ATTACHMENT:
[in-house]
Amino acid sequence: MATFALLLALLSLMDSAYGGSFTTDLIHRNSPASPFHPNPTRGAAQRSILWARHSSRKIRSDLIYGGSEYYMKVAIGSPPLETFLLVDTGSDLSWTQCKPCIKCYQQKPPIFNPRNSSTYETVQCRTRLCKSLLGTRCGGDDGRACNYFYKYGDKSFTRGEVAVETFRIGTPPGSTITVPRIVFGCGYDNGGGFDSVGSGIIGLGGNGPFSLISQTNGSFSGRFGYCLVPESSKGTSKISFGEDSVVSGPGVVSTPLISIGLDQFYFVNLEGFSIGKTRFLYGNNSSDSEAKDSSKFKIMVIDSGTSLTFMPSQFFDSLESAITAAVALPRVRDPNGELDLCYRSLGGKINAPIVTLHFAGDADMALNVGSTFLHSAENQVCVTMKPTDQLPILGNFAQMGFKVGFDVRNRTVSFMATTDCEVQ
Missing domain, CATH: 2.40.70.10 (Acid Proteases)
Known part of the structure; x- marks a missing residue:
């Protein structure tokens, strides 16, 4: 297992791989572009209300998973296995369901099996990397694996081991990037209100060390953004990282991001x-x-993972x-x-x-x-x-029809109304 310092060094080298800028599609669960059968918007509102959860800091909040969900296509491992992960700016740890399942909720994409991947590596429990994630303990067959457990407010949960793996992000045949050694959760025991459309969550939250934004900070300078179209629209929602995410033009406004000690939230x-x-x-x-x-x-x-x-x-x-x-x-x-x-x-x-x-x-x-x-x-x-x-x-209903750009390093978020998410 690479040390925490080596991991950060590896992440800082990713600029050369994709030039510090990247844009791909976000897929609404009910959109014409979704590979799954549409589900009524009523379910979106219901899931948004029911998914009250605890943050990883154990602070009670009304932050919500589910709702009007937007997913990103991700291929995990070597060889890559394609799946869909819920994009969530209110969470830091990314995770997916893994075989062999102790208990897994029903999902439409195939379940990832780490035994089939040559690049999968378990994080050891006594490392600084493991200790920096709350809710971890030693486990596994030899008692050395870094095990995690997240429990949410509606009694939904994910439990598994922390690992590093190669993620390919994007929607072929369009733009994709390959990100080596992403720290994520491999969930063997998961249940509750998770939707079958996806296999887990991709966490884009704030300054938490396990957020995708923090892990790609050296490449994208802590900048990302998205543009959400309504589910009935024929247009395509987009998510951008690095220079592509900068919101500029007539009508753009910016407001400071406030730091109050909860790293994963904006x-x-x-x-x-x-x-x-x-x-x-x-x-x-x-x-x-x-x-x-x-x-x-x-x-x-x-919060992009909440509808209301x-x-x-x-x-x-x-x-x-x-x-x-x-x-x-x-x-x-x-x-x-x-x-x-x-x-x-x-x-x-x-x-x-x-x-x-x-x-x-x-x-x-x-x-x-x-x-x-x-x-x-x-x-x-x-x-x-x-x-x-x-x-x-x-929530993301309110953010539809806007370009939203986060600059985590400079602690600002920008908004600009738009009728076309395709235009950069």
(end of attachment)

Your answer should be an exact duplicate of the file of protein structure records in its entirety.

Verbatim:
[in-house]
Amino acid sequence: MATFALLLALLSLMDSAYGGSFTTDLIHRNSPASPFHPNPTRGAAQRSILWARHSSRKIRSDLIYGGSEYYMKVAIGSPPLETFLLVDTGSDLSWTQCKPCIKCYQQKPPIFNPRNSSTYETVQCRTRLCKSLLGTRCGGDDGRACNYFYKYGDKSFTRGEVAVETFRIGTPPGSTITVPRIVFGCGYDNGGGFDSVGSGIIGLGGNGPFSLISQTNGSFSGRFGYCLVPESSKGTSKISFGEDSVVSGPGVVSTPLISIGLDQFYFVNLEGFSIGKTRFLYGNNSSDSEAKDSSKFKIMVIDSGTSLTFMPSQFFDSLESAITAAVALPRVRDPNGELDLCYRSLGGKINAPIVTLHFAGDADMALNVGSTFLHSAENQVCVTMKPTDQLPILGNFAQMGFKVGFDVRNRTVSFMATTDCEVQ
Missing domain, CATH: 2.40.70.10 (Acid Proteases)
Known part of the structure; x- marks a missing residue:
């Protein structure tokens, strides 16, 4: 297992791989572009209300998973296995369901099996990397694996081991990037209100060390953004990282991001x-x-993972x-x-x-x-x-029809109304 310092060094080298800028599609669960059968918007509102959860800091909040969900296509491992992960700016740890399942909720994409991947590596429990994630303990067959457990407010949960793996992000045949050694959760025991459309969550939250934004900070300078179209629209929602995410033009406004000690939230x-x-x-x-x-x-x-x-x-x-x-x-x-x-x-x-x-x-x-x-x-x-x-x-209903750009390093978020998410 690479040390925490080596991991950060590896992440800082990713600029050369994709030039510090990247844009791909976000897929609404009910959109014409979704590979799954549409589900009524009523379910979106219901899931948004029911998914009250605890943050990883154990602070009670009304932050919500589910709702009007937007997913990103991700291929995990070597060889890559394609799946869909819920994009969530209110969470830091990314995770997916893994075989062999102790208990897994029903999902439409195939379940990832780490035994089939040559690049999968378990994080050891006594490392600084493991200790920096709350809710971890030693486990596994030899008692050395870094095990995690997240429990949410509606009694939904994910439990598994922390690992590093190669993620390919994007929607072929369009733009994709390959990100080596992403720290994520491999969930063997998961249940509750998770939707079958996806296999887990991709966490884009704030300054938490396990957020995708923090892990790609050296490449994208802590900048990302998205543009959400309504589910009935024929247009395509987009998510951008690095220079592509900068919101500029007539009508753009910016407001400071406030730091109050909860790293994963904006x-x-x-x-x-x-x-x-x-x-x-x-x-x-x-x-x-x-x-x-x-x-x-x-x-x-x-919060992009909440509808209301x-x-x-x-x-x-x-x-x-x-x-x-x-x-x-x-x-x-x-x-x-x-x-x-x-x-x-x-x-x-x-x-x-x-x-x-x-x-x-x-x-x-x-x-x-x-x-x-x-x-x-x-x-x-x-x-x-x-x-x-x-x-x-x-929530993301309110953010539809806007370009939203986060600059985590400079602690600002920008908004600009738009009728076309395709235009950069």